Allowing people to embrace their own projects and giving people the freedom to do so is very important. Those organisations which allow their employees to try new things and fail without consequences, I believe, are the most successful.
Creating the type of culture that allow employees to be creative in finding solutions is vital. It shouldn’t be about an organisation driving hard on innovation, I believe a leaders role within an organisation is to provide the optimum environment for employees to flourish, to allow employees to genuinely feel empowered to try something and fail and having the passion to give it a go without fear of repercussions.
It’s back again to structures: the rules and regulations of how things are done in an organisation. There needs to be more openness and honesty about the need for some rules. We need to have a conversation about what the rules and regulations are supposed to achieve and do they work for the majority of staff? There needs to be more honesty about the structural set-up of an organisation. A great example of a leader turning an organisation on its head is Ricardo Semler from the Brazilian firm, SEMCO. He empowered employees to decide amongst themselves about how they worked, their time and environment were all decided by the staff. Staff were able to make informed decisions about their work because they were expertly trained in understanding the budgets and financial statements, so they could see the effect of their work on the bottom line and their job security.
I believe there also needs to be more bravery around challenging the status quo and asking those hard questions; such as why is it done this way? Could we do it better? Is it demotivating staff? Is it actually improving productivity or making a difference? Does it really matter where someone works or what times they work? The focus should be on the output and that’s what we should measure, otherwise you get presenteeism setting in.
Having worked across all sectors, what could each sector learn from each other in terms of leading effectively?
Having worked in each of the sectors and as a small region, I have found that’s there is such passion within each sector, enthusiasm and goodwill and I believe we are not harnessing that and pulling our intelligence together to make this a better region. That was one of the reasons why I wanted to develop a cross sectoral leadership programme with CO3. I recognised that the siloed approach to work needs to be debunked and I wanted leaders to walk a mile in the other sector’s shoes to be able to understand the commonalities that exist. I think you need to be able to get under the skin to understand what makes a CEO in the third sector tick compared to a CEO in the private and public sector. From my experience, what you’ll find is they are all coming from similar places of wanting to do the best for their organisations. So why don’t we therefore focus more on breaking down those barriers that hinder this process? In my opinion, it just requires a will to want to do so and to possibly relinquish some control. I think if we can get over that, there could be great things which could happen for the region and our citizens.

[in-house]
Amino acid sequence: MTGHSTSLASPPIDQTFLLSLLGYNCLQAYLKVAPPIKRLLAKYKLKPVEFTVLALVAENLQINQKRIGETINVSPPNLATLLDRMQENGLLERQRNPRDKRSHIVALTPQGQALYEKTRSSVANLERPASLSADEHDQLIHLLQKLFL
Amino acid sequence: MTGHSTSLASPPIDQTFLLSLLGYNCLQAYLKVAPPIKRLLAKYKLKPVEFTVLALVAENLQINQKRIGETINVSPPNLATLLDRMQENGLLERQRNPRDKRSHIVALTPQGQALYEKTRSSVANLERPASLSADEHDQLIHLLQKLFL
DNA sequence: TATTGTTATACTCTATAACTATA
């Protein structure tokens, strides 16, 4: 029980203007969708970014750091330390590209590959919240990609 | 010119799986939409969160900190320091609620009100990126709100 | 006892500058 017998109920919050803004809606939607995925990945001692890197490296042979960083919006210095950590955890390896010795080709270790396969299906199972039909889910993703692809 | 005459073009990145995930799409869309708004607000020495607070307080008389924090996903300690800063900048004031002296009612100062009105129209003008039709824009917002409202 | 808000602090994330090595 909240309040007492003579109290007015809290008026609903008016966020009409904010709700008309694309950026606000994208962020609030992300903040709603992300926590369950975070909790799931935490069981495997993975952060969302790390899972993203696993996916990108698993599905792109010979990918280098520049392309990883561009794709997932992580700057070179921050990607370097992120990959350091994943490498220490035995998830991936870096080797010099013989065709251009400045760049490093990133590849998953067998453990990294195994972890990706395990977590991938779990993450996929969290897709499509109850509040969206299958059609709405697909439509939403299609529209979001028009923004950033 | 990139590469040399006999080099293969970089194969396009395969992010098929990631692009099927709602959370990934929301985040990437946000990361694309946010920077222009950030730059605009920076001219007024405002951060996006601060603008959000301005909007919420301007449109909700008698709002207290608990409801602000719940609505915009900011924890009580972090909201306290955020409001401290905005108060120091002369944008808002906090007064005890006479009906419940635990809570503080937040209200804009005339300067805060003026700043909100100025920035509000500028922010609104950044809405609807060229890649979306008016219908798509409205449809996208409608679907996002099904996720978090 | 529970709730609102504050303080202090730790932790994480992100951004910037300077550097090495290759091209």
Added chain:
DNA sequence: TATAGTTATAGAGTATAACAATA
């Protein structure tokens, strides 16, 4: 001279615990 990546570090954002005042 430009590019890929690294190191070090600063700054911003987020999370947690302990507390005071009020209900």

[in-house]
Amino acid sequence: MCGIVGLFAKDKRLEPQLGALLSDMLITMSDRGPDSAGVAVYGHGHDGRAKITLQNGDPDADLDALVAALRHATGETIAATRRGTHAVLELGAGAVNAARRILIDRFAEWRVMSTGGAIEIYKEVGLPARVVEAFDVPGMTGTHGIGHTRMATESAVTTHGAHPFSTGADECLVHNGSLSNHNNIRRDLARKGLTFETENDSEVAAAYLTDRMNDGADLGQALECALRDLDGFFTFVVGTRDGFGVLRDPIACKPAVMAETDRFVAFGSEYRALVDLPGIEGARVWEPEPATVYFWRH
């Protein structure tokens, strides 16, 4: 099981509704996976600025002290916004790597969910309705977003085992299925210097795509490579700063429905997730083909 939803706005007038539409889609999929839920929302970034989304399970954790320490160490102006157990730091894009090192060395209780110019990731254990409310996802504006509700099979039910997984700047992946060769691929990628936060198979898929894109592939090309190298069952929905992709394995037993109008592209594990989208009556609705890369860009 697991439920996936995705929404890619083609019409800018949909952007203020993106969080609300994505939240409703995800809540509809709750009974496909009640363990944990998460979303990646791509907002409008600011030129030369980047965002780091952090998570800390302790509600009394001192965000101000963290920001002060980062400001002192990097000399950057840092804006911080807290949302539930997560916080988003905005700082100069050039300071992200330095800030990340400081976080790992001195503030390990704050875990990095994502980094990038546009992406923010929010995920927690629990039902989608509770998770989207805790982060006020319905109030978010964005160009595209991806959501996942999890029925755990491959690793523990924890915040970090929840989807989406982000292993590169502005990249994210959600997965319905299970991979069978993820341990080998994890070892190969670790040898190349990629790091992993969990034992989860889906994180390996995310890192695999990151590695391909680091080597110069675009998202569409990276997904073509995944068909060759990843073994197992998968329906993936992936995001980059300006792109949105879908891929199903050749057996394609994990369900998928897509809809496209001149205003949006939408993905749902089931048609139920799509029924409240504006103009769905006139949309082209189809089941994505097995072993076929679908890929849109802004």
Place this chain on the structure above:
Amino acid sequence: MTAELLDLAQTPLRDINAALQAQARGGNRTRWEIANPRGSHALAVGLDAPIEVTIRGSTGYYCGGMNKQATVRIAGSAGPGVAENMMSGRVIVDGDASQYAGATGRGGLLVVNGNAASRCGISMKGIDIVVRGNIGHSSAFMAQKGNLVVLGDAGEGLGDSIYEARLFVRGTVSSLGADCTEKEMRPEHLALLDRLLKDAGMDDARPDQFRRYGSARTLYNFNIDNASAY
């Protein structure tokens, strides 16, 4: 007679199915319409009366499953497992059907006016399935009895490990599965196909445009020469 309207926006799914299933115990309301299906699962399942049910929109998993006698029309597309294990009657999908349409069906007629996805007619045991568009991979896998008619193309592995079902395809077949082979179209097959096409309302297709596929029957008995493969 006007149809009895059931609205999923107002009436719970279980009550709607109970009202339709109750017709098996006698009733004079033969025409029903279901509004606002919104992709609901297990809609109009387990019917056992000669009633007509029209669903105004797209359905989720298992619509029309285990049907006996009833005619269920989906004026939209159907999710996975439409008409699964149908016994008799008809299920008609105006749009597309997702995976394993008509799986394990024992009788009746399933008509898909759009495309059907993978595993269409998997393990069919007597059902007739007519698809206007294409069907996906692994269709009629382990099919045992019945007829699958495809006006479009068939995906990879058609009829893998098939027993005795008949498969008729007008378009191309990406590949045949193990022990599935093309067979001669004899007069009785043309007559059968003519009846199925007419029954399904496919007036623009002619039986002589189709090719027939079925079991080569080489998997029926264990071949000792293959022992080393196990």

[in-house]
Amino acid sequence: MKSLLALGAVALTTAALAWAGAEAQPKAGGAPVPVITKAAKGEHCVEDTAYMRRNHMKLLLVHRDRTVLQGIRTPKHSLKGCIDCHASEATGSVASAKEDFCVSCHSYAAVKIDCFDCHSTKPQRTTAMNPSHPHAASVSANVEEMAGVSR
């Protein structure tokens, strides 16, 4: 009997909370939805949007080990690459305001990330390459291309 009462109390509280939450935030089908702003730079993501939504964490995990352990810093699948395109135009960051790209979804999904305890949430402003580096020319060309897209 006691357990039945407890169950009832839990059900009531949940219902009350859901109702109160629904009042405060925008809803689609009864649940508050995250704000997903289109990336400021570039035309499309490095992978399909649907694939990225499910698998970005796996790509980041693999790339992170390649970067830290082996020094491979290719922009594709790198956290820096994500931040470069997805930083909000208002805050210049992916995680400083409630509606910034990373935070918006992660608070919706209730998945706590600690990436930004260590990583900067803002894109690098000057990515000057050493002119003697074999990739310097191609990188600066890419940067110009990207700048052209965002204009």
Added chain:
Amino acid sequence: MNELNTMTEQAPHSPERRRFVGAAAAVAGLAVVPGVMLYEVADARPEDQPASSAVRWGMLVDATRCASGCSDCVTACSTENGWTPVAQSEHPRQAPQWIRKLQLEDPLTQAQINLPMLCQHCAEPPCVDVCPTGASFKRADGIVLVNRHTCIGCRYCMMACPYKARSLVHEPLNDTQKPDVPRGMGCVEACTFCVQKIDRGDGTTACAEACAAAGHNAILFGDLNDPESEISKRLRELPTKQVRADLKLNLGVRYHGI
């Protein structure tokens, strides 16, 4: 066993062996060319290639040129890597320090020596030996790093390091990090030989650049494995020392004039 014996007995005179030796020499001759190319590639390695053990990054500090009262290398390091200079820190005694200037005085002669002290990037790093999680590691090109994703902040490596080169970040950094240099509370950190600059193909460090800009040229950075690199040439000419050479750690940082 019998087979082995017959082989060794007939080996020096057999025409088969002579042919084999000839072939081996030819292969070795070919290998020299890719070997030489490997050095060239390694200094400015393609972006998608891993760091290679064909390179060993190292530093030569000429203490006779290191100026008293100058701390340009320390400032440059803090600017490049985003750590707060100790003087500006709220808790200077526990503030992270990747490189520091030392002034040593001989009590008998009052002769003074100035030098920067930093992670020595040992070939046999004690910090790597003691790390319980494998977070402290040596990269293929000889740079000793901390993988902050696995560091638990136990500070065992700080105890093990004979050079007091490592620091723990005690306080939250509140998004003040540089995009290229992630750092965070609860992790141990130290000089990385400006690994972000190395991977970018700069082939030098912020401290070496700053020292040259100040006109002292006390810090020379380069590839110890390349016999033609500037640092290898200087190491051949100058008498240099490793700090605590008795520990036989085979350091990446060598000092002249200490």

It’s also about leaders being curious, taking time to lift their head from the day-to-day grind, looking around them to see who they could collaborate with to help for the betterment of their organisation or society and this is where I think the draft Programme for Government has really helped to spark that conversation. The Programme for Government has given us the framework to work towards, so now the challenge is how do we do this? And who do we need to work with to make great things, that matter, happen?
Leaders need to recognise that power doesn’t just rest with them. They have to be curiously vulnerable to a certain extent and relinquish that power to achieve greatness. It’s a little bit about putting yourself into a more vulnerable position and acknowledging that you don’t know it all.
There’s also the possibility that you might lose power. You may not have the budget to do this type of work but as I see it, when you understand people’s values and they want to make it better, that’s as good a starting place as you’re going to get.
I believe values are what drive you to do a good job. If your job aligns closely with your values, it doesn’t seem as if you are going to work and that’s where passion is derived. If you truly and passionately believe something, you can convince people from a place of passion and that actually hooks people in.
What would be the most exciting or innovative step we could take to shape our local leadership for the future?